“Come mothers and fathers, throughout the land
And don’t criticize, what you can’t understand
Your sons and your daughters, are beyond your command
Your old road is rapidly agin’.
Please get out of the new one If you can’t lend your hand
For the times they are a-changin’.”
~Bob Dylan, The Times They Are A-Changin’
“I can’t imagine bringing a new child into the world with all that’s going on,” cried Lucy (her adopted name based on a Beatles song). Several other girls nodded.
Lucy was sincere and troubled. Long brown hair, headband, tie-dyed blouse, bell-bottom jeans and sandals. She passed the joint around the circle of kids gathered to listen to Hendrix and smoke dope after the anti-war protest.
The draft-card burning and Vietnam war protests were getting bigger and more frequent, and generally more violent on both sides. The draft was in full swing, sending more kids either to jail or the war zone. The combat body-count was rising, even as the government tried to suppress the information. The 1968 Democratic Convention in Chicago, the 1970 Kent State shootings; things looked bleak, indeed.
But a funny thing happened on the way to the bottom. A lot of that energy, the awareness raised and the lessons learned translated into real change in that period. The Civil Rights Act; the resignation of Nixon; the end of the war; the Clean Air Act; the Clean Water Act; the rise of a whole generation that cared about environmental, social and political change.
Former hippies, draft-dodgers and protestors went on to become lawyers, judges, doctors, nurses, teachers, social workers, bureaucrats, businesspeople, socially-conscious entrepreneurs, even politicians — they grew up, were good people, bought new cars and nice houses and raised 2.8 kids per couple. The pendulum of history seemed, once again, to swing back in the right direction.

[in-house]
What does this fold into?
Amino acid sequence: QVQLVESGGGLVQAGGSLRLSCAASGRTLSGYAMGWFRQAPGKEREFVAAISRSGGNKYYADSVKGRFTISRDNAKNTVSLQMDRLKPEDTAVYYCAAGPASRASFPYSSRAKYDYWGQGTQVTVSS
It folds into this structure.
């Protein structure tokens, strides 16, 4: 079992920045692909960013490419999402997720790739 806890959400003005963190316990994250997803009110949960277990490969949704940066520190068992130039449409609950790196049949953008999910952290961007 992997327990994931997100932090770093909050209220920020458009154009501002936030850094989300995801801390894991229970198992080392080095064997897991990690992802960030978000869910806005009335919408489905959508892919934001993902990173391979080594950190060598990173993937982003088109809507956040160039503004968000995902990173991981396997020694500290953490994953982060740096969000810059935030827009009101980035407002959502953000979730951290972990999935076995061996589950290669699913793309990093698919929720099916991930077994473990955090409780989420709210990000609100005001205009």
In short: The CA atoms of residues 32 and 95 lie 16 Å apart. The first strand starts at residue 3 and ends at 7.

But, as everyone knows, it takes a lot of energy to start the pendulum swinging and even more to stop it. Eventually, entropy slows it down. History shows that hard, dangerous times come in cycles, as do times of peace and plenty.
Today, it’s pretty gruesome out there in the world — environmental crises, global warming, racism, misogyny, political corruption writ large, humanitarian crises, diaspora, economic disparities, war without end — the place is going to hell!
As usual, it’s the kids that are fearless in the face of the need to change. From gun control to climate change, teenage activists now provide the spark for change in the momentum, while we adults seem to stand by trying to understand what’s going on. These times are reminiscent of our youth, whether we were active or just observers then.
I wish I had told Lucy that it would be her kids that would make the changes happen when the time came. We adults get distracted by our mortgages, jobs and all those adult responsibilities and daily woes. Only the kids seem to have the energy and focus to see through the haze of daily existence to imagine the future. For the most part, it’s not that we don’t care, but in reality, most in my generation will be gone in twenty years and the younger generations will face the times without us.
Nonetheless, the old protest songs and tactics resonate and still stir our blood, even if just a little. As Bob Dylan sang:
Come gather ’round people, wherever you roam
And admit that the waters around you have grown
And accept it that soon you’ll be drenched to the bone.
If your time to you is worth savin’
Then you better start swimmin’ or you’ll sink like a stone
For the times they are a-changin’.
Bob Dylan, The Times They Are A-Changin’, 1964